Why the Oscars Were So Bad

Why the Oscars Were So Bad

By Robert Tracinski - March 2, 2013

Last Sunday night, I tuned in to the Academy Awards ceremony for a change, because for the first time in a while I had a movie to root for. (Les Misérables, of course.)

The evening was a bit of a disappointment on that front, particularly because I think Hugh Jackman deserves more credit as an actor—though I suppose he doesn't need to feel ashamed about losing the Best Actor award to Daniel Day-Lewis.

But the big disappointment was host Seth MacFarlane, the latest sarcastic comedian imported by the Academy in its mindless chase after the youth demographic. MacFarlane is generally considered to have bombed. (Here's a typical review.) He was not the worst host—James Franco seems to have taken that dishonor from David Letterman—but he didn't exactly cover himself in glory.

What was interesting was how MacFarlane bombed. Brought in to appeal to youth, he was presumably supposed to represent the newness and vibrancy of contemporary popular culture. Instead, he demonstrated how drab and worn out it is—and why.

I found MacFarlane tolerable for the first few minutes of his opening monologue, with a few wry comments on Hollywood like his line about how the story behind Argo was so secret that the Academy didn't even know who directed the film—a reference to the fact that although Argo was nominated for (and won) Best Picture, Ben Affleck was not nominated for Best Director. These were Hollywood inside jokes, but we expect that at the Oscars, and they were witty.

Then the monologue took a bizarre and unpleasant lurch into a series of offensive jokes. I'm not all that impressed when the politically correct crowd denounces something as racist and sexist, but in this case, they have a point. I'll quote an analysis from The New Yorker, partly because I think it puts the point well, but mostly because it allows me to avoid having to describe MacFarlane's antics in my own words.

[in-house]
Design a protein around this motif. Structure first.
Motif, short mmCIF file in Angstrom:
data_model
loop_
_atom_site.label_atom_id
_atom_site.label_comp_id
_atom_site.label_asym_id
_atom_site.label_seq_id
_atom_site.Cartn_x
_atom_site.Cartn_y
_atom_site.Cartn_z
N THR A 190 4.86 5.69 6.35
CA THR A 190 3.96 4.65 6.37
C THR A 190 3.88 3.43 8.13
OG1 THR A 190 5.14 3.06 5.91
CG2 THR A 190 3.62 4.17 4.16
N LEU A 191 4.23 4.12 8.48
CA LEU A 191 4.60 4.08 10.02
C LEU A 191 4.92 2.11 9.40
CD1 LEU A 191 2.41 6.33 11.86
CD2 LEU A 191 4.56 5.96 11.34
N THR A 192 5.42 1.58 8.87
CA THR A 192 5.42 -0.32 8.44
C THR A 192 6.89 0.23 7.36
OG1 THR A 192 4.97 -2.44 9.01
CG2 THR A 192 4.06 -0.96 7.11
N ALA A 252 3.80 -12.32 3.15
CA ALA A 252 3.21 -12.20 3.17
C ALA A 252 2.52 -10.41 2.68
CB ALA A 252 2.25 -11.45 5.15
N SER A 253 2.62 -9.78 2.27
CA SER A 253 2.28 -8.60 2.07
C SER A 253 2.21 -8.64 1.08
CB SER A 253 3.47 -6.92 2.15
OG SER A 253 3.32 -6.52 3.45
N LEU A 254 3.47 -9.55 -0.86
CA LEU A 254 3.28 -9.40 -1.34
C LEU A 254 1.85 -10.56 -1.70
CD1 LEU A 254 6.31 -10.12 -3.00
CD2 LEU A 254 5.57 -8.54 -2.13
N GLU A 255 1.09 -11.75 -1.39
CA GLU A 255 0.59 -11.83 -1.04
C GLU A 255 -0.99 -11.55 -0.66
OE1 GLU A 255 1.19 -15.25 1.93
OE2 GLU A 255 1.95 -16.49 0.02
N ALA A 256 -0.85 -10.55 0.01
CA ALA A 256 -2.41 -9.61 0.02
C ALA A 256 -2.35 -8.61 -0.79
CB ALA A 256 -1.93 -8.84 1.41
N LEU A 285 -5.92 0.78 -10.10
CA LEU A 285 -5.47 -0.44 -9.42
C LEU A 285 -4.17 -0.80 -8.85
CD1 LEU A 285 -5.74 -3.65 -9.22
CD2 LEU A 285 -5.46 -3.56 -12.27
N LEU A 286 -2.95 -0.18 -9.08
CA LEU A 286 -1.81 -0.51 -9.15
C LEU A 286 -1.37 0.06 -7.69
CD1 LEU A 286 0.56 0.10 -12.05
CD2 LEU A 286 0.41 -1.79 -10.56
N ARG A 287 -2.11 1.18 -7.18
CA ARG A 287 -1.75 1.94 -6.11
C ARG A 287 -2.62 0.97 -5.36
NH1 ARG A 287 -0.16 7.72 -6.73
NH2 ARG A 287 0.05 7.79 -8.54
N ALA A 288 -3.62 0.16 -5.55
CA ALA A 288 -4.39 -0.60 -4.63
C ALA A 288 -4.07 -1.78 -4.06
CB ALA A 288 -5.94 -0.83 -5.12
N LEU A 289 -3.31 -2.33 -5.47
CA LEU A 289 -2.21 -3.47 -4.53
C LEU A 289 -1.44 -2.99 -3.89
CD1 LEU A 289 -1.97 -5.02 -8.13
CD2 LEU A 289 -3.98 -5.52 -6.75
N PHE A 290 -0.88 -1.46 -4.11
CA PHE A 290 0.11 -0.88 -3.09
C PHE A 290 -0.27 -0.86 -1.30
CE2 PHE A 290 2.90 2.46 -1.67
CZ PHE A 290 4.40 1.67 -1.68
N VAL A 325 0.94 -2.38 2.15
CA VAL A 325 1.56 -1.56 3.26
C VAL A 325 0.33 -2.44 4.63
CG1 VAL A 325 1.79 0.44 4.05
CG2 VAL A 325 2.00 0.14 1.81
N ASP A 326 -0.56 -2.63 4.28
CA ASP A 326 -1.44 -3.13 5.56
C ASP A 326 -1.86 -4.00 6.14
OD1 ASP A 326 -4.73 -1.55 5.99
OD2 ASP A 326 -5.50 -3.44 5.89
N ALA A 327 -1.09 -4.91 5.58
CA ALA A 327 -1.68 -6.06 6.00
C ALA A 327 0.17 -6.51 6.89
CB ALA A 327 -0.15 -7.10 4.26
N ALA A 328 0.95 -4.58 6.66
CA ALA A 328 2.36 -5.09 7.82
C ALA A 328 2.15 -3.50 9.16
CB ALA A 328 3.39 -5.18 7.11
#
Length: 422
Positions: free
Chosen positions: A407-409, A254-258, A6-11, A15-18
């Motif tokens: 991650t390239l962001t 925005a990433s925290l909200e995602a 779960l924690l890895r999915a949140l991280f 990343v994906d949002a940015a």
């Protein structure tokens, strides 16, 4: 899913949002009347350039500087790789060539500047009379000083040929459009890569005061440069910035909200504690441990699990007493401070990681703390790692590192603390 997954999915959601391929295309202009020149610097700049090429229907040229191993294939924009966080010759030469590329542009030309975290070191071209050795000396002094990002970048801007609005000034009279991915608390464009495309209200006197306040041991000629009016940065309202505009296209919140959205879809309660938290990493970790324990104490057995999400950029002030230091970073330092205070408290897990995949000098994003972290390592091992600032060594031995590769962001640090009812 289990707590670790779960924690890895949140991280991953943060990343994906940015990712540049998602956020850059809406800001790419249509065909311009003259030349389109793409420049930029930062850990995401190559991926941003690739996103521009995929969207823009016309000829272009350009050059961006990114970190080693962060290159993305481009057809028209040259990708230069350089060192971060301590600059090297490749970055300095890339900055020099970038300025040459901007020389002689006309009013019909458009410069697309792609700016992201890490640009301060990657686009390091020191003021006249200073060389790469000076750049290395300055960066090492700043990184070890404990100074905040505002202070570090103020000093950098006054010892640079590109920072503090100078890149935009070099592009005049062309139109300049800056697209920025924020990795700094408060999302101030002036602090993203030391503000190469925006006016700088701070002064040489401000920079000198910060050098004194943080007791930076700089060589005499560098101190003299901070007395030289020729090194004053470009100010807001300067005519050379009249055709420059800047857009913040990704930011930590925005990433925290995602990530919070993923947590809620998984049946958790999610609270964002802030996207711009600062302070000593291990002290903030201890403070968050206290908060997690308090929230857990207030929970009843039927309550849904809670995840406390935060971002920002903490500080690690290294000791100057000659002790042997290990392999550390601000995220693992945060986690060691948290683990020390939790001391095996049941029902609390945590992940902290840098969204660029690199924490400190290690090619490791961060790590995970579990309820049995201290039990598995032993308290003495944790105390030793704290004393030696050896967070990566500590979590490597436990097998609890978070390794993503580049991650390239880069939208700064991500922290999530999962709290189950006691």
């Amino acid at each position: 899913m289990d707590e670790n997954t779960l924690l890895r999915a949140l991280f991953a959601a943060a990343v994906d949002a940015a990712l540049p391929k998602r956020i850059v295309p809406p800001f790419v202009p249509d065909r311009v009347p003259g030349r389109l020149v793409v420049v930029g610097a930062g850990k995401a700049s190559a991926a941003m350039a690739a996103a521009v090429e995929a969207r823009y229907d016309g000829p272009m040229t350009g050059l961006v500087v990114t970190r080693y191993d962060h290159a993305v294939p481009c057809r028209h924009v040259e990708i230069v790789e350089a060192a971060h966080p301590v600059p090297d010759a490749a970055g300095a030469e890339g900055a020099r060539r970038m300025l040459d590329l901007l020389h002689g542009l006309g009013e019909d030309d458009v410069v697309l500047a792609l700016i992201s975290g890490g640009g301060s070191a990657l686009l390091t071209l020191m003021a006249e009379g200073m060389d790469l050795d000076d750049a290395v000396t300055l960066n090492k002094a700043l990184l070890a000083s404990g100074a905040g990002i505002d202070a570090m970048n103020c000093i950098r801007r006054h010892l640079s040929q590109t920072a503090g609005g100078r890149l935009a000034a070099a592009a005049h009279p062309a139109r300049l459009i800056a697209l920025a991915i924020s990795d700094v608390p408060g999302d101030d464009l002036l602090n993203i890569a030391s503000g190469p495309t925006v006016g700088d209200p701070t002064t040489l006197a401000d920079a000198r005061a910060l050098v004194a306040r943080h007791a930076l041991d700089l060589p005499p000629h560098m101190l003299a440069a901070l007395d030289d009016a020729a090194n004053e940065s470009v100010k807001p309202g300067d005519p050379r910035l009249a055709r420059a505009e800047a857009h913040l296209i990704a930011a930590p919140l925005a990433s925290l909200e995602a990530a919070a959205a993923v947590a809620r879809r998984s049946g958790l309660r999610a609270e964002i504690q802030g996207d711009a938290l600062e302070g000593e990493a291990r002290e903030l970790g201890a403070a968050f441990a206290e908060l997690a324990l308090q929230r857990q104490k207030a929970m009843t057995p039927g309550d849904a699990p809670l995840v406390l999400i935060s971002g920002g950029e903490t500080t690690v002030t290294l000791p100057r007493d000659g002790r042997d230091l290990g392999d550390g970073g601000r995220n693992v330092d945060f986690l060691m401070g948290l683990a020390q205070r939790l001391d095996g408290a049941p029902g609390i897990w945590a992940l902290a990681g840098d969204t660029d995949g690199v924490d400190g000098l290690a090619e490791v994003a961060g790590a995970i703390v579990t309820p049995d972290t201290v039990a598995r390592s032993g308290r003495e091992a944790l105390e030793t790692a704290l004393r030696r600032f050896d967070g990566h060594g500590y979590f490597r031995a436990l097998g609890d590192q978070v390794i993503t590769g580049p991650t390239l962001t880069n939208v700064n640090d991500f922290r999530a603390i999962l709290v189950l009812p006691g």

"'We Saw Your Boobs' was as a song-and-dance routine in which MacFarlane and some grinning guys named actresses in the audience and the movies in which their breasts were visible. That's about it. What made it worse was that most of the movies mentioned, if not all (Gia), were pretty great—Silkwood, Brokeback Mountain, Monster's Ball, Monster, The Accused, Iris—and not exactly teen-exploitation pictures. The women were not showing their bodies to amuse Seth MacFarlane but, rather, to do their job. Or did they just think they were doing serious work? You girls think you're making art, the Academy, through MacFarlane, seemed to say, but all we—and the 'we' was resolutely male—really see is that we got you to undress. The joke's on you."

Not only was the humor crude, it was boring. Later on, MacFarlane characterized the dedication of the female CIA agent who tracks down Osama bin Laden in Zero Dark Thirty as "a celebration of every woman's innate ability to never ever let anything go." Gee, how old is that? I half expected his next line to be, "Take my wife—please." Except that Henny Youngman was funnier.

But this is not what was interesting about the night. How could such stale material be interesting? What was interesting is that the offensive material was introduced as being offensive. This was accomplished in a weird, awkward bit where William Shatner, in character as Captain Kirk, comes back from the future to warn MacFarlane that he is in danger of being panned as the worst Oscar host ever, on account of these offensive bits—which are then broadcast anyway!

The point of this set-up is that MacFarlane then intersperses the crude, offensive modern humor with attempts to salvage the show with a couple of classic, old-fashioned song-and-dance numbers. They're the sort of thing Billy Crystal might have done—but he would not have done them with a showy sense of self-parody. Crystal would have done them because he actually believed (correctly) that they were entertaining.

So notice the common element in MacFarlane's approach. The crass and offensive bits were introduced as crass and offensive, as if to apologize for them in advance and assure us that we shouldn't take them seriously. He then oscillates back to classic song-and-dance numbers—but with the understanding that he doesn't really mean them, either.

MacFarlane doesn't have the courage to be either crude and sarcastic or classy and old-fashioned. He is afraid to decide who and what he is and to stand by it.

So I guess the Academy got what it wanted, after all, because this is the essence of contemporary youth popular culture. It is a culture suffused with ridicule and sarcasm intended to tear down all values. But of course, people still pursue values anyway because this is a necessity of life. So they insulate their values from criticism by apologizing for them in advance, presenting everything as a sarcastic or "ironic" joke and begging not to be taken seriously.